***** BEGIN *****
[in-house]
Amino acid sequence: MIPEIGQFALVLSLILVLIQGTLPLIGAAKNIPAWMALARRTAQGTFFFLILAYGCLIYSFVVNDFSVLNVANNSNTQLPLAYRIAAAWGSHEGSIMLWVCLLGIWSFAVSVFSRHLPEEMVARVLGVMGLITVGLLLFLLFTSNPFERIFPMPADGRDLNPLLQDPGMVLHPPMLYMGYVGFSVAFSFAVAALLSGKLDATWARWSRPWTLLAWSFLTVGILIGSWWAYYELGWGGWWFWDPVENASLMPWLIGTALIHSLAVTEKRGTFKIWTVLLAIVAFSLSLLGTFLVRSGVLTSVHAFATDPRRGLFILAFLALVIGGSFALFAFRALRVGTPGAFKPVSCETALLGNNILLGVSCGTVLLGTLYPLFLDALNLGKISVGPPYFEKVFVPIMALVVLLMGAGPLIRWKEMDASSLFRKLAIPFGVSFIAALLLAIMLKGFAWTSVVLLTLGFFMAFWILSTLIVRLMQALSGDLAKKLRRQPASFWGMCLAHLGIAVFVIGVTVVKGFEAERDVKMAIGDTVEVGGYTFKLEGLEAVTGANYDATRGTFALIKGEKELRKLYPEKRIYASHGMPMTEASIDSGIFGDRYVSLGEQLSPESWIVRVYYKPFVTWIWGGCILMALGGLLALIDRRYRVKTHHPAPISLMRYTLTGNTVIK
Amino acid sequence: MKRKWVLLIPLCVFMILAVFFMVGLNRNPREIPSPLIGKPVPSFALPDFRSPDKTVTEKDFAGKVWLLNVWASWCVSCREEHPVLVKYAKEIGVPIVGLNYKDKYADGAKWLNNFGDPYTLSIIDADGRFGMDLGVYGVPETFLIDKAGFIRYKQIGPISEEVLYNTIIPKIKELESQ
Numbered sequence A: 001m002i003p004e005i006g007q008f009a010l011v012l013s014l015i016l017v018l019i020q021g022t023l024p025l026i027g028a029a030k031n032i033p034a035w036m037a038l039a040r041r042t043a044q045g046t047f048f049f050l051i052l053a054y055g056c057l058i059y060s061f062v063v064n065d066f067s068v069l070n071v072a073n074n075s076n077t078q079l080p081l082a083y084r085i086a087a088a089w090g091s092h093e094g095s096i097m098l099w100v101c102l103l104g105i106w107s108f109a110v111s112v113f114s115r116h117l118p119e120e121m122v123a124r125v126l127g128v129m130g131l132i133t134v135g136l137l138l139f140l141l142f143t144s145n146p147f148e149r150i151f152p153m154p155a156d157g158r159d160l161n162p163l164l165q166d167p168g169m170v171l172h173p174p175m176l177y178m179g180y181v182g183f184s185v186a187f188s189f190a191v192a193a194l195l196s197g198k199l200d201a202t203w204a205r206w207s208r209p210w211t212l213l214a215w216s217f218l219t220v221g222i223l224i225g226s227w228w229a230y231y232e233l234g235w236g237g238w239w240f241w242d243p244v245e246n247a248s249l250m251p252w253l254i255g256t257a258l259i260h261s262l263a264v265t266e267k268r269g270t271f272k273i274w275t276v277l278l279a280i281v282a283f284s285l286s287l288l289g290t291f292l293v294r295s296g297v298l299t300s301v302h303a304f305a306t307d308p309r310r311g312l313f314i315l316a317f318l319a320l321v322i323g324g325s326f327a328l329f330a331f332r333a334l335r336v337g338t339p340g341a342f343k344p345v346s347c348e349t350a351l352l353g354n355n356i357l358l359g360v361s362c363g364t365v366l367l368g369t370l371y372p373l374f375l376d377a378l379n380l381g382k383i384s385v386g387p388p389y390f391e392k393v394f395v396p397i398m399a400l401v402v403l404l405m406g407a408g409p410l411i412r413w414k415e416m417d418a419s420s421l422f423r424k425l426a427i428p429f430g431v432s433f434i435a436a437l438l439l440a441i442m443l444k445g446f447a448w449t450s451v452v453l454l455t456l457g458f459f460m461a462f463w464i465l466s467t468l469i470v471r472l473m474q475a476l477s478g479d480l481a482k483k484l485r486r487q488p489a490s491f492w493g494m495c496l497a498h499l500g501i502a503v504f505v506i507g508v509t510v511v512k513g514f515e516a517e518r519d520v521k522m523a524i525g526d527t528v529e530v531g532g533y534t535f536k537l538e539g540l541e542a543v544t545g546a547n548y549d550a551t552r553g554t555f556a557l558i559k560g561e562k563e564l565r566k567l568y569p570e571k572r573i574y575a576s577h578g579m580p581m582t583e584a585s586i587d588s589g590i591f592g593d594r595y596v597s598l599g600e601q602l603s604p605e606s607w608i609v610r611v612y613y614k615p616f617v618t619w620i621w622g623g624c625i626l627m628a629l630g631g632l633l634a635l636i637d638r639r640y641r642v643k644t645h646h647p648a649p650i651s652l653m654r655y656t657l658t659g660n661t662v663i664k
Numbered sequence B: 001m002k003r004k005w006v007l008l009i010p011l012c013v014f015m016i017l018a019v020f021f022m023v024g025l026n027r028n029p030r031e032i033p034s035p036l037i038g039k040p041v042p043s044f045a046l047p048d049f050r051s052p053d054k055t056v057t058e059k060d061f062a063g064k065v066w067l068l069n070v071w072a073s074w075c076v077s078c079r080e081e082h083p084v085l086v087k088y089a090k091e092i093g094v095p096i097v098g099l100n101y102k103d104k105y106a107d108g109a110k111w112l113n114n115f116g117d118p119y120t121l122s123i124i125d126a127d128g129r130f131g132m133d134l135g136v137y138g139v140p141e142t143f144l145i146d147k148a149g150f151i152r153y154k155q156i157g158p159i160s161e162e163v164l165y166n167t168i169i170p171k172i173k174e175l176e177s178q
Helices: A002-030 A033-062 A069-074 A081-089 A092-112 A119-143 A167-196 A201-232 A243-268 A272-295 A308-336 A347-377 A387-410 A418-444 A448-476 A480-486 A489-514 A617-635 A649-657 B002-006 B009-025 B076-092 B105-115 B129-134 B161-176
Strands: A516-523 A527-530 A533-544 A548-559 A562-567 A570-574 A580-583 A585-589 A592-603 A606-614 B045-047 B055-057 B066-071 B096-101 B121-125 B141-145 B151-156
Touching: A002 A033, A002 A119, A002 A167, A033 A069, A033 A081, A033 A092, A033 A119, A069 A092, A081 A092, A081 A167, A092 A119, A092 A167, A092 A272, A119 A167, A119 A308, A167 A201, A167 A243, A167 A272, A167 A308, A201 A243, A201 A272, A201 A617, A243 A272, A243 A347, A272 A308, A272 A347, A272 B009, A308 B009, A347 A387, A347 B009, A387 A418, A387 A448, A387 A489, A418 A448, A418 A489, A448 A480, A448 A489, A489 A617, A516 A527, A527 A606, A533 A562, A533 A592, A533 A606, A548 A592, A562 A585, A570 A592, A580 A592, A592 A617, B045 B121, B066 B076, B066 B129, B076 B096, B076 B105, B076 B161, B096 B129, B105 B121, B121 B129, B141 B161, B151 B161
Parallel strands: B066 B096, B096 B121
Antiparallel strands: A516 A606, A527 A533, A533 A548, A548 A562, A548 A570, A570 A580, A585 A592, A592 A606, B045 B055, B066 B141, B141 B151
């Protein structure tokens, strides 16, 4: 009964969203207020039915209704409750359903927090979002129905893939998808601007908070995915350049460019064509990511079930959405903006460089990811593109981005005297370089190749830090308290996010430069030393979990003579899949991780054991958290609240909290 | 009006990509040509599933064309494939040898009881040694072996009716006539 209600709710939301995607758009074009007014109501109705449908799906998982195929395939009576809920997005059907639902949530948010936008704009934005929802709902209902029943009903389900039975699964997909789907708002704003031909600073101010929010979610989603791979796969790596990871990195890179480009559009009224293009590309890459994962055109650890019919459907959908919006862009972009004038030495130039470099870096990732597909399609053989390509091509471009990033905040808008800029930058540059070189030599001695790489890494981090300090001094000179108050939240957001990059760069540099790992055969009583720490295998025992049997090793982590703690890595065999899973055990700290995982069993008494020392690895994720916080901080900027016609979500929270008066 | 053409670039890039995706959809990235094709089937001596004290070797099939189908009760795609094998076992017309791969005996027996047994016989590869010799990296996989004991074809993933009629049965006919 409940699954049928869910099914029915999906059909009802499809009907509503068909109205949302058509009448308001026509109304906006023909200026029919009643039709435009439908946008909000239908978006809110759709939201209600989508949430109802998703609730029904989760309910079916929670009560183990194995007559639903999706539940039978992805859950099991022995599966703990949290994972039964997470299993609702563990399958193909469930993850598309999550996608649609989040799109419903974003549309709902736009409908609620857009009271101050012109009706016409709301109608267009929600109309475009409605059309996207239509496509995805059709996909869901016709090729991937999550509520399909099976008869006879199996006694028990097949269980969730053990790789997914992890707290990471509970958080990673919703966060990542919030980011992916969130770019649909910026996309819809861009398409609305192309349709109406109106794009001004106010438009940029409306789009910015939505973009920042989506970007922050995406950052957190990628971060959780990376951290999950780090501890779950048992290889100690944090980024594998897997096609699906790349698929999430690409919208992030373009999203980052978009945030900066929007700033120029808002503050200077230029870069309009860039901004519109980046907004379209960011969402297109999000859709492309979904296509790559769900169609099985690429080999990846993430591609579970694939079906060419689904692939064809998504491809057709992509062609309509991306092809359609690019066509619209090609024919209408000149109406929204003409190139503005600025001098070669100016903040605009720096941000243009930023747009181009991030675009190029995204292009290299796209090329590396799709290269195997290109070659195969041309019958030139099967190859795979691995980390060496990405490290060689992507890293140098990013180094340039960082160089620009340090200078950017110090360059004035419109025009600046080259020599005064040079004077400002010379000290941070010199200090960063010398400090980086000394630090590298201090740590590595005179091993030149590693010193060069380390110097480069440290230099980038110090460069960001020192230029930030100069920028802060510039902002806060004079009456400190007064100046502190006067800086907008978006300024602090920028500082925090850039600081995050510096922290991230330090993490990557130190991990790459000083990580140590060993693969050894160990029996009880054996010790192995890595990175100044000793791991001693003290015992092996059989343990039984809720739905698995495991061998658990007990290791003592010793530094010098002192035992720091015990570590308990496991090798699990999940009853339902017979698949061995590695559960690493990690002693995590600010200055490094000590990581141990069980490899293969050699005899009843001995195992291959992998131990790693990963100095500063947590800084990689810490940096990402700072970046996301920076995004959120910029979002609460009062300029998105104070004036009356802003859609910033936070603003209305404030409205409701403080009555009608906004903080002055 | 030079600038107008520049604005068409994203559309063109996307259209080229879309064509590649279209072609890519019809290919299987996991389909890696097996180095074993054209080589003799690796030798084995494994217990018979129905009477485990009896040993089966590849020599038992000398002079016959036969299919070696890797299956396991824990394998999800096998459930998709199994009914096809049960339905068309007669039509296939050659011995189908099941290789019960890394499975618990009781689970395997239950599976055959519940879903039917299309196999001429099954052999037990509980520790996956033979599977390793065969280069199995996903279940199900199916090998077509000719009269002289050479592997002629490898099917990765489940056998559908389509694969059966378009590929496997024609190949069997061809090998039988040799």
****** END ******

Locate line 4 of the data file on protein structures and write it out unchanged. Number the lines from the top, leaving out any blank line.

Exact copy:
Numbered sequence A: 001m002i003p004e005i006g007q008f009a010l011v012l013s014l015i016l017v018l019i020q021g022t023l024p025l026i027g028a029a030k031n032i033p034a035w036m037a038l039a040r041r042t043a044q045g046t047f048f049f050l051i052l053a054y055g056c057l058i059y060s061f062v063v064n065d066f067s068v069l070n071v072a073n074n075s076n077t078q079l080p081l082a083y084r085i086a087a088a089w090g091s092h093e094g095s096i097m098l099w100v101c102l103l104g105i106w107s108f109a110v111s112v113f114s115r116h117l118p119e120e121m122v123a124r125v126l127g128v129m130g131l132i133t134v135g136l137l138l139f140l141l142f143t144s145n146p147f148e149r150i151f152p153m154p155a156d157g158r159d160l161n162p163l164l165q166d167p168g169m170v171l172h173p174p175m176l177y178m179g180y181v182g183f184s185v186a187f188s189f190a191v192a193a194l195l196s197g198k199l200d201a202t203w204a205r206w207s208r209p210w211t212l213l214a215w216s217f218l219t220v221g222i223l224i225g226s227w228w229a230y231y232e233l234g235w236g237g238w239w240f241w242d243p244v245e246n247a248s249l250m251p252w253l254i255g256t257a258l259i260h261s262l263a264v265t266e267k268r269g270t271f272k273i274w275t276v277l278l279a280i281v282a283f284s285l286s287l288l289g290t291f292l293v294r295s296g297v298l299t300s301v302h303a304f305a306t307d308p309r310r311g312l313f314i315l316a317f318l319a320l321v322i323g324g325s326f327a328l329f330a331f332r333a334l335r336v337g338t339p340g341a342f343k344p345v346s347c348e349t350a351l352l353g354n355n356i357l358l359g360v361s362c363g364t365v366l367l368g369t370l371y372p373l374f375l376d377a378l379n380l381g382k383i384s385v386g387p388p389y390f391e392k393v394f395v396p397i398m399a400l401v402v403l404l405m406g407a408g409p410l411i412r413w414k415e416m417d418a419s420s421l422f423r424k425l426a427i428p429f430g431v432s433f434i435a436a437l438l439l440a441i442m443l444k445g446f447a448w449t450s451v452v453l454l455t456l457g458f459f460m461a462f463w464i465l466s467t468l469i470v471r472l473m474q475a476l477s478g479d480l481a482k483k484l485r486r487q488p489a490s491f492w493g494m495c496l497a498h499l500g501i502a503v504f505v506i507g508v509t510v511v512k513g514f515e516a517e518r519d520v521k522m523a524i525g526d527t528v529e530v531g532g533y534t535f536k537l538e539g540l541e542a543v544t545g546a547n548y549d550a551t552r553g554t555f556a557l558i559k560g561e562k563e564l565r566k567l568y569p570e571k572r573i574y575a576s577h578g579m580p581m582t583e584a585s586i587d588s589g590i591f592g593d594r595y596v597s598l599g600e601q602l603s604p605e606s607w608i609v610r611v612y613y614k615p616f617v618t619w620i621w622g623g624c625i626l627m628a629l630g631g632l633l634a635l636i637d638r639r640y641r642v643k644t645h646h647p648a649p650i651s652l653m654r655y656t657l658t659g660n661t662v663i664k